Guest Post: Author Susan Örnbratt Asks: “What is a lucky writer?”

Cover for websiteHere is a lovely reminder from author Susan Örnbratt that we should find inspiration in the everyday as well as in the extraordinary. And, that sometimes things happen just when they should. Even if it’s ten years later. Please welcome Susan to Women’s Fiction Writers!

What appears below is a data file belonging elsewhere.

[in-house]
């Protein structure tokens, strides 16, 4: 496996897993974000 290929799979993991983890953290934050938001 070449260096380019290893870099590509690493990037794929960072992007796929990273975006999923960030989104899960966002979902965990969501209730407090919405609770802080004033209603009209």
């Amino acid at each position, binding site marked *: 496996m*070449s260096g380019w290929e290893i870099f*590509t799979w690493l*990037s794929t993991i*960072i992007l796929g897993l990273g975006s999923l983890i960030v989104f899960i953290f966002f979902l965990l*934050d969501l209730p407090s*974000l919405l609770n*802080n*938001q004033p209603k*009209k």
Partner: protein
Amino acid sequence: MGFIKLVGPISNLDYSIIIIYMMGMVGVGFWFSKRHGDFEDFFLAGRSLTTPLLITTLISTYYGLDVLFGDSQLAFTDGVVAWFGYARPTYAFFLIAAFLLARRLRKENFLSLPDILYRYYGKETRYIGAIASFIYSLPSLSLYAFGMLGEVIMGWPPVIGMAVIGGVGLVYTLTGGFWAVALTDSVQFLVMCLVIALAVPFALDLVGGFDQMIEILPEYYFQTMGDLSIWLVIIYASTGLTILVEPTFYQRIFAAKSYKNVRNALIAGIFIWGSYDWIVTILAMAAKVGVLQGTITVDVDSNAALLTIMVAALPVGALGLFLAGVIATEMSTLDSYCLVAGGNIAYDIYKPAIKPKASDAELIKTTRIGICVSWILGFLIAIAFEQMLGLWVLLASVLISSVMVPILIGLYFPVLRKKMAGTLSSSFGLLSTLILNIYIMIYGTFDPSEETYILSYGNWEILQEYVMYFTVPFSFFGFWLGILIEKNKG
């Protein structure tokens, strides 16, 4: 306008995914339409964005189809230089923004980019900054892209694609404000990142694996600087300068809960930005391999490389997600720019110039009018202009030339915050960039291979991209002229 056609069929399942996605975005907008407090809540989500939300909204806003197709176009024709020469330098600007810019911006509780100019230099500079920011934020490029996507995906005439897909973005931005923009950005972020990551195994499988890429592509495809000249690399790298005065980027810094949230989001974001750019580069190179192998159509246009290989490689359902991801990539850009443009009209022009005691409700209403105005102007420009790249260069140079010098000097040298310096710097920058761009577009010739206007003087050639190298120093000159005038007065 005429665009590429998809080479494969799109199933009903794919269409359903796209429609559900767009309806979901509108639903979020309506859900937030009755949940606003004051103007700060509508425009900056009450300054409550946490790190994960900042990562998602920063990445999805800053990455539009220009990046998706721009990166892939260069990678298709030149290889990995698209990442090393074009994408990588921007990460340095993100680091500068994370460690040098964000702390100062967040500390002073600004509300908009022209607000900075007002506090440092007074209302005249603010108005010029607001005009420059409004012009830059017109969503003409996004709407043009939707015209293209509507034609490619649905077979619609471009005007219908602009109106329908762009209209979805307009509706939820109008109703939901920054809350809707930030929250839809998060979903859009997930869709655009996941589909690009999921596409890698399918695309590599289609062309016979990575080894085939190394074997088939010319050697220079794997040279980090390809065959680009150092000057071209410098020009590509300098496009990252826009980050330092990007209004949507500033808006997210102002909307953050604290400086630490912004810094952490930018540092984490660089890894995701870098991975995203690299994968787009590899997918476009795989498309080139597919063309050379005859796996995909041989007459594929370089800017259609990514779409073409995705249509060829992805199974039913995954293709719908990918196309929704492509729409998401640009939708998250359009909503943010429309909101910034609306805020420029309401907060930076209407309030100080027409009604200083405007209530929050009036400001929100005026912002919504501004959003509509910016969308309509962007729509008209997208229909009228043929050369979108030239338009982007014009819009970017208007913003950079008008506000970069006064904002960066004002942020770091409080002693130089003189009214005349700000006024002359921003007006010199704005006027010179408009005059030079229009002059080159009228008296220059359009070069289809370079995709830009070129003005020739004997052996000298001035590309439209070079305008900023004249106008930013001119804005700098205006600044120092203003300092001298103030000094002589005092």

Amy xo

How a Grandmother’s Secret Words Became a Granddaughter’s Treasure